KCK Fire Department Seeks Minority Recruits
KANSAS CITY, Kan. (AP) — The Kansas City, Kansas fire department is taking steps to improve recruitment and retention of minority and female candidates. Chief Michael Callahan said in a news release Thursday this year's recruit class did not come close to meeting the department's goals for increasing inclusivity. The department received a $2.3 million grant last year to add 18 firefighters. The initial pool of applicants included 48% more minority or female candidates, but when the candidates were selected, only 32% were minority and none were female. Callahan says the department plans to improve preparation for the physical agility test, restart a trainee program and eliminate past marijuana use as an automatic disqualification.
Kansas Treatment Clinic Owner Faces Drug Trafficking Charges
KANSAS CITY, Mo. (AP) — The operator of an Olathe drug treatment clinic has been indicted on federal charges of drug trafficking. Federal prosecutors for western Missouri said in a news release Thursday that 44-year-old Trevor Robinson has been indicted on one count each of possessing methamphetamine, cocaine, heroin, fentanyl and ecstasy, with the intent to distribute the drugs. Robinson is listed as the office manager of Nuvista, an an opioid addiction clinic in Olathe. Prosecutors say the case got its start in October when Kansas City police stopped a 2014 Maserati driven by Robinson and found methamphetamine, pills, cocaine, heroin, a digital scale and more than $12,500 in cash.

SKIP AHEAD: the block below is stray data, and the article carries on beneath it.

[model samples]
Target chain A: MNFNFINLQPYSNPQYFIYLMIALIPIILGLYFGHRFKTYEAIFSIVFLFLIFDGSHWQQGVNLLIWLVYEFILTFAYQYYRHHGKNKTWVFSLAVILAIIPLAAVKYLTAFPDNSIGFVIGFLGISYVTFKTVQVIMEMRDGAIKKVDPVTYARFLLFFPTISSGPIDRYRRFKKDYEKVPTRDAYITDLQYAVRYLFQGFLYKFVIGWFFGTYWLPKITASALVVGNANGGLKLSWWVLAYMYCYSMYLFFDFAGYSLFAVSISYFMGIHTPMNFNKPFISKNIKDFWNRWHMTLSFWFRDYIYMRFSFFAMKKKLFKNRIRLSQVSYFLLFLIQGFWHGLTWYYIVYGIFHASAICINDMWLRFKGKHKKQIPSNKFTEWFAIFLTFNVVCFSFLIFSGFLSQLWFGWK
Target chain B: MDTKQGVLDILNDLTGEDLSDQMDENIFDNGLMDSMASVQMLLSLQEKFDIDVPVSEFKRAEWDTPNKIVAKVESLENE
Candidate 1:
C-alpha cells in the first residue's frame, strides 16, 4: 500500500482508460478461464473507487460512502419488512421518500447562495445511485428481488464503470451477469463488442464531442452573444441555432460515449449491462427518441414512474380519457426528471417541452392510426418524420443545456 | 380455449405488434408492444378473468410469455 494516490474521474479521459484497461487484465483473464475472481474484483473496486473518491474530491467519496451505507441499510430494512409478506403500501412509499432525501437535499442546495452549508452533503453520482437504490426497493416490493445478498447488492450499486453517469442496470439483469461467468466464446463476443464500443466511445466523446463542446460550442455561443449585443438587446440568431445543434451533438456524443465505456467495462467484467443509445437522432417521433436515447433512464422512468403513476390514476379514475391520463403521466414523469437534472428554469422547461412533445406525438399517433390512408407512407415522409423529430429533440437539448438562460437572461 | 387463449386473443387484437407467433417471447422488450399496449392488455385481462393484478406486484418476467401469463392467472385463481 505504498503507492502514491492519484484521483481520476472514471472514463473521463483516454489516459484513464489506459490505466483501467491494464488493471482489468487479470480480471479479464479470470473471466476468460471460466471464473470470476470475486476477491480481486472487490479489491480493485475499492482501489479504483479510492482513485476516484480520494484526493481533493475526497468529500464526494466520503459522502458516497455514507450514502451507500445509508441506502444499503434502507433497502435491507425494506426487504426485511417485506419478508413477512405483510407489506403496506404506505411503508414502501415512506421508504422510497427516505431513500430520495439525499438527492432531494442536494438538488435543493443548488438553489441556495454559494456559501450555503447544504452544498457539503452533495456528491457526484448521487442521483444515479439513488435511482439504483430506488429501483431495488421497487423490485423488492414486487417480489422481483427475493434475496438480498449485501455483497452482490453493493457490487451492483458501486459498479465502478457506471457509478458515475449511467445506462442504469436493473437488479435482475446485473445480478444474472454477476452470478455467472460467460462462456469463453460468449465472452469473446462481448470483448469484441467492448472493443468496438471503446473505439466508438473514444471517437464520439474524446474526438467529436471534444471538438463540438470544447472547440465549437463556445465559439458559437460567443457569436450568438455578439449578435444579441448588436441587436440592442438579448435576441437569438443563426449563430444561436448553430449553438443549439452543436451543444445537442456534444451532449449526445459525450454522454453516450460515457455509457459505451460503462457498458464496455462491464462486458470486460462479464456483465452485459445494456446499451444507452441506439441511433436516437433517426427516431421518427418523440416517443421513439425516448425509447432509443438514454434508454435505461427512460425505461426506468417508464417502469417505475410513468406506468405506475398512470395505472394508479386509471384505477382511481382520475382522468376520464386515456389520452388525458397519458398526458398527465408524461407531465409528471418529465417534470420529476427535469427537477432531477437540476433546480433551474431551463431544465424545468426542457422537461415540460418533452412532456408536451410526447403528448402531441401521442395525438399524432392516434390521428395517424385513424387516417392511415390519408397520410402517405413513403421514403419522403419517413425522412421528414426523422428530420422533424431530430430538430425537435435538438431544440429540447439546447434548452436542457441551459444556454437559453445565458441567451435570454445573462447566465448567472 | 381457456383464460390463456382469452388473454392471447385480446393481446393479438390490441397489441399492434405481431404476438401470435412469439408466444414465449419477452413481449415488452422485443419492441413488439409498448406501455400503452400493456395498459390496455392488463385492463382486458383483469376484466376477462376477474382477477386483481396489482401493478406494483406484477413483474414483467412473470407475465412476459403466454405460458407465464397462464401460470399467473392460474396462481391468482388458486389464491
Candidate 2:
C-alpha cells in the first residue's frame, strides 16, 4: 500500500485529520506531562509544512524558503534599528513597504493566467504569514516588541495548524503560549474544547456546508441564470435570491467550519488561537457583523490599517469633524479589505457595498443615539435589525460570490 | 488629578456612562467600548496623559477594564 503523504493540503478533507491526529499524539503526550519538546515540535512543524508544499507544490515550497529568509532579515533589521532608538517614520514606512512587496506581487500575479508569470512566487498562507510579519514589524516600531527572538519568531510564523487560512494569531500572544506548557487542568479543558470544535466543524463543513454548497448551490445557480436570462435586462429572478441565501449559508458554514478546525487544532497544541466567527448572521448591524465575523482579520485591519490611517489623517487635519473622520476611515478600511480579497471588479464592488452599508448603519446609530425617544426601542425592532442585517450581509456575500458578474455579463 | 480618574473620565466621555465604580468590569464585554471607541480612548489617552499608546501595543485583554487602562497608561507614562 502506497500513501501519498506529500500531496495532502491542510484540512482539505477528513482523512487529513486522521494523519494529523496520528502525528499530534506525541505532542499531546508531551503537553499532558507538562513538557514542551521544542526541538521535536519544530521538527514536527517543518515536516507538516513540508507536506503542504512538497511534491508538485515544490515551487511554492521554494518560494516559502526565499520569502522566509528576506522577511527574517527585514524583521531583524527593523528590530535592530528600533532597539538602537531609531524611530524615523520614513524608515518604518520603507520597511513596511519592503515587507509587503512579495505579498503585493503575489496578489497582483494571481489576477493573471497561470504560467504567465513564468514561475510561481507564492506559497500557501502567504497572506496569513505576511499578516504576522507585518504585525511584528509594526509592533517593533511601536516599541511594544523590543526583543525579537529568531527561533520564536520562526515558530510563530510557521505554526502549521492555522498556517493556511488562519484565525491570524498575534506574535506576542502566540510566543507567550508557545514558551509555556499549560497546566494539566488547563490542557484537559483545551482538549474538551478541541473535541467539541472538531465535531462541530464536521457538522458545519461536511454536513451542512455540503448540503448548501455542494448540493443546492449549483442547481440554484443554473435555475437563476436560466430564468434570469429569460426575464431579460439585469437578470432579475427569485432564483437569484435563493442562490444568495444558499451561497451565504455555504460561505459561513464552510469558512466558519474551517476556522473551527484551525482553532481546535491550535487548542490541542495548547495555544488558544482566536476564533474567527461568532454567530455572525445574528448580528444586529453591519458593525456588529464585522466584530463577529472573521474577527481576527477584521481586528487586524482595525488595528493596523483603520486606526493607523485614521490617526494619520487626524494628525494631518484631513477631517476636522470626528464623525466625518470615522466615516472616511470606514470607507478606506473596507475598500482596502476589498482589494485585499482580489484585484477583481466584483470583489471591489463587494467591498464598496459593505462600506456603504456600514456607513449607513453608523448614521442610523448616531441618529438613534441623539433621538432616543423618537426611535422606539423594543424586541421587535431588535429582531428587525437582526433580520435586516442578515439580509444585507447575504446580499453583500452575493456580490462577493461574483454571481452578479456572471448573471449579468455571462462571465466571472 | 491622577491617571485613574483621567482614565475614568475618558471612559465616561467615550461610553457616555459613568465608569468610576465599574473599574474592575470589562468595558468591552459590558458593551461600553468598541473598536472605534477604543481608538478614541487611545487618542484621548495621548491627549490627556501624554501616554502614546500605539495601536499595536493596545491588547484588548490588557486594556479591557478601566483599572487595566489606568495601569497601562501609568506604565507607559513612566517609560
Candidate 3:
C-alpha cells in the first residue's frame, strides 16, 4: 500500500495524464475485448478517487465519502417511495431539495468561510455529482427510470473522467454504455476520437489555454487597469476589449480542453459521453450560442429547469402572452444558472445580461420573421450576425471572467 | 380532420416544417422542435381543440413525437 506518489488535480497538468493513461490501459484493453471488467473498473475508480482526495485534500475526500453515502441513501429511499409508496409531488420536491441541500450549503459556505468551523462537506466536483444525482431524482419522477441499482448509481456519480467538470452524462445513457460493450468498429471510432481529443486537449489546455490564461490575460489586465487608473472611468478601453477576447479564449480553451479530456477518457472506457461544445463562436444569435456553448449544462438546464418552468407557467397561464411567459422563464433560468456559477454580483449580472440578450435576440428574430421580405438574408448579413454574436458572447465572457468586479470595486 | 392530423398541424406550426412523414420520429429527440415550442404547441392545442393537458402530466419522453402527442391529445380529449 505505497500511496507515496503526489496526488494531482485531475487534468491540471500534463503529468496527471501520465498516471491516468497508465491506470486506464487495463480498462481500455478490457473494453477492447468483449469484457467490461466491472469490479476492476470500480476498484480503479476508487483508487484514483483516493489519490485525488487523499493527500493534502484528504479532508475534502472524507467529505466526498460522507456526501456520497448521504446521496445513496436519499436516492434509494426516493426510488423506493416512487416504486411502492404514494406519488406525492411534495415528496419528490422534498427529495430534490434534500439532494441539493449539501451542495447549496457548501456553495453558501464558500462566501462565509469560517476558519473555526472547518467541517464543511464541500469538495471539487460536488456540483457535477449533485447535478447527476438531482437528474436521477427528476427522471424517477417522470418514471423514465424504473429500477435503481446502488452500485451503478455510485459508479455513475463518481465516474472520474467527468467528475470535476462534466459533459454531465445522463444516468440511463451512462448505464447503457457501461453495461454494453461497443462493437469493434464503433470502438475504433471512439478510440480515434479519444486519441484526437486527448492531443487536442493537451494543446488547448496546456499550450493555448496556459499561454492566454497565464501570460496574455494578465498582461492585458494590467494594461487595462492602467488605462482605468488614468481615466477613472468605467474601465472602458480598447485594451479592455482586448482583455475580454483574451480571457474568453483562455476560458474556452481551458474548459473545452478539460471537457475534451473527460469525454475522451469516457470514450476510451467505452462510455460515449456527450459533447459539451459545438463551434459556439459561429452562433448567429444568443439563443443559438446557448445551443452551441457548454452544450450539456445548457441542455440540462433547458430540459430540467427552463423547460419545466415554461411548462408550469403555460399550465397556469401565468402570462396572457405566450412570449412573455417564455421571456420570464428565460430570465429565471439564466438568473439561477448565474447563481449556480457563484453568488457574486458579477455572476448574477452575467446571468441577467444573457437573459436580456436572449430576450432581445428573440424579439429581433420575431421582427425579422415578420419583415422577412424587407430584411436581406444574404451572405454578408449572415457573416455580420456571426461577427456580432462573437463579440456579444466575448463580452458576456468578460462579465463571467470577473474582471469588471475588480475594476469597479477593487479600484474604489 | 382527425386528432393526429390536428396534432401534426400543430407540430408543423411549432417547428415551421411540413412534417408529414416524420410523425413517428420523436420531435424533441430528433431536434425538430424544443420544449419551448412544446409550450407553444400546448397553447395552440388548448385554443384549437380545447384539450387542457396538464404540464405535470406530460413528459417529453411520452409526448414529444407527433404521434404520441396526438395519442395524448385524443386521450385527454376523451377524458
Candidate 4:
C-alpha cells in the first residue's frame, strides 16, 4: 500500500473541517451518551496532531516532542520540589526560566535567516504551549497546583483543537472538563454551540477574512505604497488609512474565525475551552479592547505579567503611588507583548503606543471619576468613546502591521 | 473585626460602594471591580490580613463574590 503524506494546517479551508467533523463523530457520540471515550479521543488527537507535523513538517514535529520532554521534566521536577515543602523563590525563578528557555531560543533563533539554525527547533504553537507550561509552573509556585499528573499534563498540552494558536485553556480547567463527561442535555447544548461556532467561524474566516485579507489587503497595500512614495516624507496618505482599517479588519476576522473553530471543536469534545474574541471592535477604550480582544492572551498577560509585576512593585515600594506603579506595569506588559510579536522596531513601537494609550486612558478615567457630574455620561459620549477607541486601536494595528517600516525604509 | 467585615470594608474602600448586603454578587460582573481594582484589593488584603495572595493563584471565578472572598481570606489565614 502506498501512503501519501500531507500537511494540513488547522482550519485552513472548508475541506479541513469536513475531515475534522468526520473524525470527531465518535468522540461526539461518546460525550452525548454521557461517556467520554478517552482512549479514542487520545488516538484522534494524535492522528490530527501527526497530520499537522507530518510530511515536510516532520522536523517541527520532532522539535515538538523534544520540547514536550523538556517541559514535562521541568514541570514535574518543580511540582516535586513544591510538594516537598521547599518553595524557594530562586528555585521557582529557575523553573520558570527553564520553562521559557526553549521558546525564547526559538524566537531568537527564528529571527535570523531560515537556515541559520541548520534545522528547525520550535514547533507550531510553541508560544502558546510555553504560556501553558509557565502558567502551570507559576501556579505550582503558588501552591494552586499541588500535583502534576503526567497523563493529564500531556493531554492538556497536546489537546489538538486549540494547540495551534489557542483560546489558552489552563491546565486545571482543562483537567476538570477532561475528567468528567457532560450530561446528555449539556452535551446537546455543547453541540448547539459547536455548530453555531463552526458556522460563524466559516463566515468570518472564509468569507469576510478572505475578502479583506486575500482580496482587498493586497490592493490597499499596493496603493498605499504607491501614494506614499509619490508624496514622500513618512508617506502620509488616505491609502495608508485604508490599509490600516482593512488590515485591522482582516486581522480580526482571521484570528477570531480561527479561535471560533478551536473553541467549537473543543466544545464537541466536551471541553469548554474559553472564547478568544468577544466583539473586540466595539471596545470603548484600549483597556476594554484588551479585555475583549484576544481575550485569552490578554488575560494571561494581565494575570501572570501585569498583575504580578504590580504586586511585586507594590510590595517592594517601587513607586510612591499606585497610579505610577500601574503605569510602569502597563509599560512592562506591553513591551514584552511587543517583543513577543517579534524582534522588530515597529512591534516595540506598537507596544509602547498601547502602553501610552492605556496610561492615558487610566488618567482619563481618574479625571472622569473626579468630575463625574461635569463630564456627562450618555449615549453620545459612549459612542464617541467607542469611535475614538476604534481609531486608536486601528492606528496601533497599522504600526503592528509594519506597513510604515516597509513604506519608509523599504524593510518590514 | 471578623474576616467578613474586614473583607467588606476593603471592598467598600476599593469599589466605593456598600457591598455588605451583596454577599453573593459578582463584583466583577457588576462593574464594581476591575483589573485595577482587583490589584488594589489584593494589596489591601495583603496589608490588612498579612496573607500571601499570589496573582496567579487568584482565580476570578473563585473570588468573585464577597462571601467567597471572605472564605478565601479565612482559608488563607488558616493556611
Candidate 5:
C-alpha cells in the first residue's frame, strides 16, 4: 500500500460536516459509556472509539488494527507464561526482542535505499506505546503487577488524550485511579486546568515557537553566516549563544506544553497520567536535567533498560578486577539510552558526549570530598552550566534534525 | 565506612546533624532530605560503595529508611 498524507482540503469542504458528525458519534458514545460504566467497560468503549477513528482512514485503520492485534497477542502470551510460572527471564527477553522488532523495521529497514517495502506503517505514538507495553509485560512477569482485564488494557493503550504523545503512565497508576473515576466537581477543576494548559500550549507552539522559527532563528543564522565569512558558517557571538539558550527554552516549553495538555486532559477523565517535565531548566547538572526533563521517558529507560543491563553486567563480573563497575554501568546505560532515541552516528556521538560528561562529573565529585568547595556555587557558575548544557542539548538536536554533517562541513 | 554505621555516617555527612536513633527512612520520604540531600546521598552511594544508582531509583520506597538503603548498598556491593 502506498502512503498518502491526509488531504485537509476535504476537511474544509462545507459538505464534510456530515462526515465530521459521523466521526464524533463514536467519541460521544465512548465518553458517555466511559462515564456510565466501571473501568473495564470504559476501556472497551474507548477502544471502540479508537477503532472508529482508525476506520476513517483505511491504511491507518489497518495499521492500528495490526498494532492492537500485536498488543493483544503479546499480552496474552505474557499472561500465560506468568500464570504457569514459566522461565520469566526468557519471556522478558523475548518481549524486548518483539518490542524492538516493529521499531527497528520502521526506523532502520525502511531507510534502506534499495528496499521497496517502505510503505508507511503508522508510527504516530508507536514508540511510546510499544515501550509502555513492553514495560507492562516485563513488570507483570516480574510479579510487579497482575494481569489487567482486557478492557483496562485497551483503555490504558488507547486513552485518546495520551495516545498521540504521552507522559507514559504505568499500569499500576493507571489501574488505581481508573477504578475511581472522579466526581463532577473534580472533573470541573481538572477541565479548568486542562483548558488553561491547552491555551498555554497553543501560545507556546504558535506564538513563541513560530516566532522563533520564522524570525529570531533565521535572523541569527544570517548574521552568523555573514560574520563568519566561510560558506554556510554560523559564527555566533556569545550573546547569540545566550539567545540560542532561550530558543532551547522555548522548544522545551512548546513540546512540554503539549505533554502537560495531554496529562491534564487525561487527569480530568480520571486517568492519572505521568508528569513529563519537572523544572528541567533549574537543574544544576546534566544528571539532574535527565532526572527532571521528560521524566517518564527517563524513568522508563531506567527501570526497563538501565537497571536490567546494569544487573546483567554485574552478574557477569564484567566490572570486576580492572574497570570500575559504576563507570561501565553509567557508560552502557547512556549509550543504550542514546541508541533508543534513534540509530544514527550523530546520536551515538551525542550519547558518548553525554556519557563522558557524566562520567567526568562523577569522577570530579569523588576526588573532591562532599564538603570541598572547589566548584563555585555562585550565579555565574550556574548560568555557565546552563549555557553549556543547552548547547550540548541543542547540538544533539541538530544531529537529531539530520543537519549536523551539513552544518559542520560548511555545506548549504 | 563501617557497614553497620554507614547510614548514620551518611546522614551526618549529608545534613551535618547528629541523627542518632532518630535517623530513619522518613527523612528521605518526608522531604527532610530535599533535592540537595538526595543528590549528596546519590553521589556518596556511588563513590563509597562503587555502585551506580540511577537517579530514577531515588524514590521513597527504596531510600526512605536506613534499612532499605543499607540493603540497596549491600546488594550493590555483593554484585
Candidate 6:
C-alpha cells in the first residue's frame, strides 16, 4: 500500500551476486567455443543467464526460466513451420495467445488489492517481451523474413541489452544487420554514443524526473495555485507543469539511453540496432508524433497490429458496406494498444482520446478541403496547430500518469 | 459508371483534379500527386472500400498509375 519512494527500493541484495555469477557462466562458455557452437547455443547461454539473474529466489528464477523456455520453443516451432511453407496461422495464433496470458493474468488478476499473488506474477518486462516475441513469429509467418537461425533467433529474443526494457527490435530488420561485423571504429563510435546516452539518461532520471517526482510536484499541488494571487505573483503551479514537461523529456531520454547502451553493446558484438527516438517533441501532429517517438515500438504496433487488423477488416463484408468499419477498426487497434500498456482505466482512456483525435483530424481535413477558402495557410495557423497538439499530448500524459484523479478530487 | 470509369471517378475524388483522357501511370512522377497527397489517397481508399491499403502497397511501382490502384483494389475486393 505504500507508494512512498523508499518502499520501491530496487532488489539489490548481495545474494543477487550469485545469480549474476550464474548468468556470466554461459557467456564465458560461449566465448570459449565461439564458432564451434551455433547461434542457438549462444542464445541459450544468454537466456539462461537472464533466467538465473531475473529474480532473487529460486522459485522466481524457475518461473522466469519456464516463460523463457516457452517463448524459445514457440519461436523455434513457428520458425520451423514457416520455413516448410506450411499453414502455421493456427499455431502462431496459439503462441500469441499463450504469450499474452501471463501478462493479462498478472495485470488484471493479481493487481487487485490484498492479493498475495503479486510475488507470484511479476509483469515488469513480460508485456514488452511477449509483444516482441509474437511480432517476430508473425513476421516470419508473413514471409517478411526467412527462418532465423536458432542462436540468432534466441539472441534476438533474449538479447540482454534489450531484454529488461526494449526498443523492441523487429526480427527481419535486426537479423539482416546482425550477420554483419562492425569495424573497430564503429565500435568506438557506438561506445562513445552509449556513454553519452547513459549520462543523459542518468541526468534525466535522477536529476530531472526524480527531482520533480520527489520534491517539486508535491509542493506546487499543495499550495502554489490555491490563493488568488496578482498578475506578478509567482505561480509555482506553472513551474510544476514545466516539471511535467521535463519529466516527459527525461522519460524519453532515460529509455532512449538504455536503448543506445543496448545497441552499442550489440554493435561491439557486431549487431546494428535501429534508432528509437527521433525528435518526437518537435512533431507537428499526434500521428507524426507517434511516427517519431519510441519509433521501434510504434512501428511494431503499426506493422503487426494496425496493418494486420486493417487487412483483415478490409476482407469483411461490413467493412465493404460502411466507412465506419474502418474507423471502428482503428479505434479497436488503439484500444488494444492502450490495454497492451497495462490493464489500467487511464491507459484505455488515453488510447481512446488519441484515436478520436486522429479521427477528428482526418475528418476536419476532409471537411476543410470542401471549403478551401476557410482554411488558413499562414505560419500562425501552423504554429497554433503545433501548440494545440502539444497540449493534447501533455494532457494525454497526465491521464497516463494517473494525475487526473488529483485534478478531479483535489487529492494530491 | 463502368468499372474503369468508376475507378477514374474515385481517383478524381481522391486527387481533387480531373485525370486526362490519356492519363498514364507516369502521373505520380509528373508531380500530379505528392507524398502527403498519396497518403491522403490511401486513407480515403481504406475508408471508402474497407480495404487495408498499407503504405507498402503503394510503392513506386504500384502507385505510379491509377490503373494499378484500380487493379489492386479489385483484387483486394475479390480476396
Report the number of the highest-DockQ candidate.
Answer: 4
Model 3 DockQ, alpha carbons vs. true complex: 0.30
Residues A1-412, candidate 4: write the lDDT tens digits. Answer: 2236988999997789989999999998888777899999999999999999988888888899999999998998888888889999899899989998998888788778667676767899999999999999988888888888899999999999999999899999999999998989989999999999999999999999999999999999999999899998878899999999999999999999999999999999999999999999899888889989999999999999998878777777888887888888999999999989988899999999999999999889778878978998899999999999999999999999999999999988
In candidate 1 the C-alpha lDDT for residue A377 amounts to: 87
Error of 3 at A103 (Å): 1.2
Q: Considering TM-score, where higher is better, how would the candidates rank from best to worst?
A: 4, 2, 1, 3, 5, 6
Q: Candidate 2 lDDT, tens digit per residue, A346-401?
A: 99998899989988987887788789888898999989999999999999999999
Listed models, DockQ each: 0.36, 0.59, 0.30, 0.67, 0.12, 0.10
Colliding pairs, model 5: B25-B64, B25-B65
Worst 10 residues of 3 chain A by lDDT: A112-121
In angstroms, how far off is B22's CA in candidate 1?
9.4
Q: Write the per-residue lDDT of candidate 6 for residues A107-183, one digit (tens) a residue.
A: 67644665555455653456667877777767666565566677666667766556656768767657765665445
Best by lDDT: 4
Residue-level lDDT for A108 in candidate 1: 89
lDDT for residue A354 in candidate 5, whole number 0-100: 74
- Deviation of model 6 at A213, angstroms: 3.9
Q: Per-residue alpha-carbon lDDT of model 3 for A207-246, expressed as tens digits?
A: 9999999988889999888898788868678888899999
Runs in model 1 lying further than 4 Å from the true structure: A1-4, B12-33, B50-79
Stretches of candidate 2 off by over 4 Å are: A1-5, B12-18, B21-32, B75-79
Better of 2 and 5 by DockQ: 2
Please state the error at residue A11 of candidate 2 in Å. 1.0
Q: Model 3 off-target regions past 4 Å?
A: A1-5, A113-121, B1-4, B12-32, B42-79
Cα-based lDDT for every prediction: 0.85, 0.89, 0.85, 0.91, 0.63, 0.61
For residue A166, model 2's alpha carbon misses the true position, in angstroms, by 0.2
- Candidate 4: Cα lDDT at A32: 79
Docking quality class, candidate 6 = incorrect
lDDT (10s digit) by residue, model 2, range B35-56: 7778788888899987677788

Lawrence Police Find Body of Woman Following Tip
LAWRENCE, Kan. (AP) — Police in Lawrence have found the body of a woman in her home and are investigating her death as a homicide after police in Topeka contacted the Lawrence department with a tip in the case. Lawrence police say in a news release that Topeka police officials reported they had a man in custody for an unrelated investigation who may have been involved in the killing of a Lawrence woman. Lawrence officers who went to the woman's home on Wednesday found the body of 41-year-old Jennifer Marie Mosby. Police are investigating her death as a homicide, but have not said how she died. Police in Topeka were holding the 43-year-old man as a suspect in Mosby's death.
Kansas Lawmakers Put Anti-abortion Measure on 2022 Primary Ballot
TOPEKA, Kan. (AP) — Republican legislators in Kansas have put a proposed anti-abortion amendment to the state constitution on the ballot for the state’s August 2022 primary election. The Senate approved the measure Thursday on a 28-11 vote that gave abortion opponents one more vote than the two-thirds majority they needed. The House approved the measure last week. Approval by a simple majority of voters would change the Kansas Constitution. The measure would overturn a 2019 Kansas Supreme Court decision that found that access to abortion is a “fundamental” right. The measure would not be an abortion ban but would allow lawmakers to enact one if the U.S. Supreme Court allowed it.